Here's my summary - produced by combining the "consolidated condensed statement of earnings" and the "segment information".
Looking at the 33 cents diluted EPS for the quarter yields a very rough valuation of $26 per share. Alternatively, looking at the diluted EPS for this and the previous three quarters, yields a very rough valuation of $24 per share. (I've assumed that it's reasonable to use a PE ratio of 20.)
Comparing this quarter with Q1/2005, it's great to see that ESS is back to generating more profit than PSG, and that software is moving back towards breaking even.
It's interesting that net interest has fallen from a positive $25 million to a negative $87 million. (It's not immediately obvious to me why this should be. It's possible that stock repurchases consumed a significant amount of cash and so reduced interest income, but I'm not convinced that this explains *all* of the fall in net interest.)
Numbers in the table are in millions of dollars and numbers in brackets should be read as being negative: so "(40)" should be read as "-40".
Segment Net revenue Earnings from
Imaging and printing 6,390 814
Personal systems 6,369 147
Enterprise storage and servers 4,184 184
Software 277 (6)
HP Services 3,984 292
Financing 544 58
Eliminations/other (178) (168)
Net interest and other (87)
Total 21,570 966
As always, the HP quarterly results conference call is worth listening to.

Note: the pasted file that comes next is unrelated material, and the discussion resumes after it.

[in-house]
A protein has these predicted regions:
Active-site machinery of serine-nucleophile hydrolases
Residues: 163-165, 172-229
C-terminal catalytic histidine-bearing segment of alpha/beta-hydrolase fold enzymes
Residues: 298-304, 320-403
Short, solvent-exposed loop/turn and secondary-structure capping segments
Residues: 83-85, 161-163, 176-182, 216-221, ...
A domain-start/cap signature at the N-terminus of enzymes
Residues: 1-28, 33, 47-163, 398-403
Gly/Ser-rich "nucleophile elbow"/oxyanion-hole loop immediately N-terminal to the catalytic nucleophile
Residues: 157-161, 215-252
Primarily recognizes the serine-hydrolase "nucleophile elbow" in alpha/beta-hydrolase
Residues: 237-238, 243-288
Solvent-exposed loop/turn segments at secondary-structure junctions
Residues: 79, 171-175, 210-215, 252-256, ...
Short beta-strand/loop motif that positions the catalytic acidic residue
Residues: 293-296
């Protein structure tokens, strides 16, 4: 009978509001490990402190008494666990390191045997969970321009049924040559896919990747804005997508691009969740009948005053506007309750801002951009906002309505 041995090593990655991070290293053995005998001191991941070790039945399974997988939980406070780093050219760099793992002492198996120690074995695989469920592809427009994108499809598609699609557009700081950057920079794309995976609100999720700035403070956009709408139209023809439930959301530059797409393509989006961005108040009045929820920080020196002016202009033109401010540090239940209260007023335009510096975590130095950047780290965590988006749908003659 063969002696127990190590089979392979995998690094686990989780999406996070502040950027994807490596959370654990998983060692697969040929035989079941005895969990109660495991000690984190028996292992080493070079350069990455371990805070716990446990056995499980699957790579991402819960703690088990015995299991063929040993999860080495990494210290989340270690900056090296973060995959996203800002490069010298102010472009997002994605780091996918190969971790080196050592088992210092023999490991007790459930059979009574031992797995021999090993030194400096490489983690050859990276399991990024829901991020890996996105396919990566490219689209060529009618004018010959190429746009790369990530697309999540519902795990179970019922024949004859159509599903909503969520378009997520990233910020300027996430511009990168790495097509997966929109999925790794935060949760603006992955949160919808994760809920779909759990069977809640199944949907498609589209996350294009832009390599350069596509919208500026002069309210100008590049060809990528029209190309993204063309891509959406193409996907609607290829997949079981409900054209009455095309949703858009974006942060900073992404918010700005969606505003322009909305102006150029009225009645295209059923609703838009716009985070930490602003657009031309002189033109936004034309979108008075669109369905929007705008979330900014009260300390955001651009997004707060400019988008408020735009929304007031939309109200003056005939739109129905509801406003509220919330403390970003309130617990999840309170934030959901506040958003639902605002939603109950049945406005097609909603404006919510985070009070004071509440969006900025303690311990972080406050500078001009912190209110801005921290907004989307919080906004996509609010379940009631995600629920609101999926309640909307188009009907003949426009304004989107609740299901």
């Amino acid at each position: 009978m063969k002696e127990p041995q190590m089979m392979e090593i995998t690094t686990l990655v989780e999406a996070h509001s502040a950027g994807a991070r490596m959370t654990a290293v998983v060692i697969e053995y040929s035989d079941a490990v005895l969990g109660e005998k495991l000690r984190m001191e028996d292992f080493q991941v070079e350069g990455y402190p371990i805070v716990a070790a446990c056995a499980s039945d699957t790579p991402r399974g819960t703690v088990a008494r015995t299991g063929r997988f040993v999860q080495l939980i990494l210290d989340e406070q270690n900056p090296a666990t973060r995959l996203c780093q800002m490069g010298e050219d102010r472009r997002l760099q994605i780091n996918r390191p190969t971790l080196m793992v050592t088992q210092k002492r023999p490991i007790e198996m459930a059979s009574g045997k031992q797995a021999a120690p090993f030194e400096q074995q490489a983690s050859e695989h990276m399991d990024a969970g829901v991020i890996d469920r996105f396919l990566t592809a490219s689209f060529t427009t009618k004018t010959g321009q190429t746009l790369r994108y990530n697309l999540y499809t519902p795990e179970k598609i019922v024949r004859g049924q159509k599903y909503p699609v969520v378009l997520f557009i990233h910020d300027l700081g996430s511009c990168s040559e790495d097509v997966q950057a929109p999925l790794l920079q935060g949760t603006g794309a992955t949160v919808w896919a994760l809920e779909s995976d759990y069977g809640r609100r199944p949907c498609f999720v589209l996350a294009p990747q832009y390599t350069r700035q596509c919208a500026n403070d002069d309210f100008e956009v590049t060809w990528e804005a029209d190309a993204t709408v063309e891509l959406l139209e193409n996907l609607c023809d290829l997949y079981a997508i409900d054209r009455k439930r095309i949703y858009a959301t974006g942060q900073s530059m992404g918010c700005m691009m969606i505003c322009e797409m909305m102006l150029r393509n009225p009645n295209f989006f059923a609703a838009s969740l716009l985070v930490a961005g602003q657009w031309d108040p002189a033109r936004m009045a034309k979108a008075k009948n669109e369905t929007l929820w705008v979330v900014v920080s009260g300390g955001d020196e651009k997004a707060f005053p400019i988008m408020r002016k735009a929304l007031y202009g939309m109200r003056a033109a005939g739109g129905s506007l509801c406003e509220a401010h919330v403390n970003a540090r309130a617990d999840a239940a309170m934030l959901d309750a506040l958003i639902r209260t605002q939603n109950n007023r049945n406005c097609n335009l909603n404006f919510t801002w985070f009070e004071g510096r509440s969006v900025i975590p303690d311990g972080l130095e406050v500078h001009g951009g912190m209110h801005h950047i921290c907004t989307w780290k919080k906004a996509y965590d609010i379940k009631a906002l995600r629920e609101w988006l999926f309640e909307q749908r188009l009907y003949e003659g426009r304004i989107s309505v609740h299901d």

Company-wide pay r[a]ises - after, I believe, a 2 year freeze - will cost 3 cents per share per quarter on an ongoing basis! (While workforce reduction costs will also be 3 cents per share in Q3, you can't equate the two and say that job cuts have paid for pay r[a]ises. But there is an element of "be careful when you wish for a pay r[a]ise, because what you're really wishing for is someone to lose his or her job".)
Just to confuse us, workforce reduction costs going forward will be reported as a separate item - as they used to be - rather than being "hidden" in the segment results. (In fact, the Q2 segment results are even better than they look because they "hide" $169m of workforce reduction costs: $71m in IPG; $24m in ESS and $74m in HPS.)
So given the "strong" Q2 results, was HP wrong to bin Carly? From Mark Hurd's comments, it sound like her mistake was to not cut deeply enough. Look for action - including in Software - to really cut out costs. Bob's comments (@39 minutes in) were along the lines of "we expect a new CEO to want to cut more deeply". (Mark comments on Software are @50 minutes in.)
Having listened to George Galloway berating members of the US Senate ;-), it's a shame George couldn't have found an excuse to attend the HP conference call. "Mister Hurd, with your excessive job cutting, you are a toady and lickspittle of Adam Smith."
(If the above is far too depressing for you, take a look at the BAA results presentation. While the speakers could do with an injection of charisma, the results themselves are tres charmant.)